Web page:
Panchayati Raj Institutions in Himachal

Panchayati Raj system in Himachal Pradesh was established under the provisions of the Himachal Pradesh Panchayat Raj Act, 1952 in the year 1954. Only 280 Gram Panchayats existed prior to the enactment of the Himachal Pradesh Panchayat Raj Act, 1952. However, after the enactment of the said Act, 466 Gram Panchayats were established in the year 1954 and the number of Gram Panchayats was increased to 638 during the year 1962.[5] On 1st November, 1966, the hilly areas of Punjab were merged in the State and consequently the number of Gram Panchayats rose to 1695.[6] In the merged areas, a three tier Panchayati Raj system was in existence under the provisions of the Punjab Panchayat Samiti and Zila Parishad Act, whereas two-tier system was prevalent in the then State of Himachal Pradesh. With a view to bring uniformity in the Panchayati Raj system of the old and the newly merged areas, the Himachal Pradesh Panchayati Raj Act, 1968 was enacted on 15th November, 1970 and the two tier Panchayati Raj system was established throughout the State. Besides this the Nayaya Panchayats were also in existence in this State for discharging judicial functions. During the year 1977 the Nayaya Panchayats were abolished and the judicial functions were transferred to the Gram Panchayats. After the enactment of the said Act in the year 1970 the existing Gram Sabhas were reorganized /bifurcated from time to time and new Gram Sabhas/Gram Panchayats were established. During the year 2005-2006 Government created 206 new Gram Sabha circles, thereby raising the number to 3243. No new Gram Sabha has been constituted during the year 2010. At present there are 3243 Gram Sabhas, 77 Panchayat Samitis and 12 Zila Parishads in the State. In the year, 2015 due to inclusion of 17 Gram Panchayats in the Municipalities the numbers of Gram Panchayats are 3226 and due to creation of new Panchayat Samiti namely Shri Naina Devi, District Bilaspur the number of Panchayat Samitis are 78 in this State.[7]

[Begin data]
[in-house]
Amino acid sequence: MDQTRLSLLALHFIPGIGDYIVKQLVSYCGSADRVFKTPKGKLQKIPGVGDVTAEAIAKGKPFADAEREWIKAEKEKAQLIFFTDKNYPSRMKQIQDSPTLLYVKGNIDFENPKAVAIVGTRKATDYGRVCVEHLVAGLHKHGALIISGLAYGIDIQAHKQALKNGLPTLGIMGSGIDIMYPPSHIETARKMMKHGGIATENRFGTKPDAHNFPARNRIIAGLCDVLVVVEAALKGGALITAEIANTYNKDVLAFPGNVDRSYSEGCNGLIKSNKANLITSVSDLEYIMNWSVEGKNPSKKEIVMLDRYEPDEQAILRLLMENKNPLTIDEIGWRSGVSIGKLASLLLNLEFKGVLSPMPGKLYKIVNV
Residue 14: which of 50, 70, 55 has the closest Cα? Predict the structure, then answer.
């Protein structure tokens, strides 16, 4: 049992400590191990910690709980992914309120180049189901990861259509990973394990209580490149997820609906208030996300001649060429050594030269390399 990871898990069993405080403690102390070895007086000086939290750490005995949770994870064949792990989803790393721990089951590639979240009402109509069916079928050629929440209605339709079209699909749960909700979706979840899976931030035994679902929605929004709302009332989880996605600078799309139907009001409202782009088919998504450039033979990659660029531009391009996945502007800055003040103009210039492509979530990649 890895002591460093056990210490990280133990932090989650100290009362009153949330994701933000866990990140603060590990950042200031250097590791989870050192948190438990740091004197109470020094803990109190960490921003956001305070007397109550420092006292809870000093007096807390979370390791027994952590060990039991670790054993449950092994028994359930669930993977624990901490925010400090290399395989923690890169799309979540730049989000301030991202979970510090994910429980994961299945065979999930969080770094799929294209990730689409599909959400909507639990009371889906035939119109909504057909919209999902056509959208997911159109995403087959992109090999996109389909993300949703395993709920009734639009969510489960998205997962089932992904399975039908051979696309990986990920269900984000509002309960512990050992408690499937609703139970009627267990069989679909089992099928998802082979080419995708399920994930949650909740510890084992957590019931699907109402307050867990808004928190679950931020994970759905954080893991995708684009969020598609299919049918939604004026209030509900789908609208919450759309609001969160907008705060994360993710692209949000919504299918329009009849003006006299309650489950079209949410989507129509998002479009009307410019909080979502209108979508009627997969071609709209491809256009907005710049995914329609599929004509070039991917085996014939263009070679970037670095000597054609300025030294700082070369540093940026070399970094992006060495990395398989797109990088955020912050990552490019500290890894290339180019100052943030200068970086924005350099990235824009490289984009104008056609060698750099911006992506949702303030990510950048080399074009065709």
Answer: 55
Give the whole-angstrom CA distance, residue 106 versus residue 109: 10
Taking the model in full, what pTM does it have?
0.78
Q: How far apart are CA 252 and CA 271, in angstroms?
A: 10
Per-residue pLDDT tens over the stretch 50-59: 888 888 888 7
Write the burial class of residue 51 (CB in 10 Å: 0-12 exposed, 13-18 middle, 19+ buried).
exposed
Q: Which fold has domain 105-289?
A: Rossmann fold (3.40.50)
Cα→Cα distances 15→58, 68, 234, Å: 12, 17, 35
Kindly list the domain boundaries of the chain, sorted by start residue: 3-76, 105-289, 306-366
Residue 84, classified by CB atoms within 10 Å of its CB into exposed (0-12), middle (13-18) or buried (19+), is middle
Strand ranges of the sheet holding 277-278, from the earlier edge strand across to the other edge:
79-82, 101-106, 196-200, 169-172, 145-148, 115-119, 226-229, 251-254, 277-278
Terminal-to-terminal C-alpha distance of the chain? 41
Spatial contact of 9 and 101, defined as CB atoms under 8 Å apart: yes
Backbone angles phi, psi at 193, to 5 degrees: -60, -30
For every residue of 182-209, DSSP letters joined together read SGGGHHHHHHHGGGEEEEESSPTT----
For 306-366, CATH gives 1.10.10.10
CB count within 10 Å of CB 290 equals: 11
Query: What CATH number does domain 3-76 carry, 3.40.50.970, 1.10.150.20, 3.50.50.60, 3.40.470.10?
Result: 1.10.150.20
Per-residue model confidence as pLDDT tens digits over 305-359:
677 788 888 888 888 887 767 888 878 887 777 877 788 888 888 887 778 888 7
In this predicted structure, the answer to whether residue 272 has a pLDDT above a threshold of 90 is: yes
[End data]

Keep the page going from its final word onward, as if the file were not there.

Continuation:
The Nauni Story

From a village where open defecation was the norm, and water borne diseases were rampant, Panchayat Pradhan led this village’s transformation into one of India’s finest, self-sustaining model village. The transformation started with discussion, debate and final acceptance by the Gram Sabha, or village council. To use government schemes for transformation ensured speedy, effective and long-term solutions to the issues faced by all. Baldev Singh Verma was elected pradhan, unopposed, of Nauni gram panchayat in 2006 when this ‘model village’ wascarved out from the Oachghat panchayat.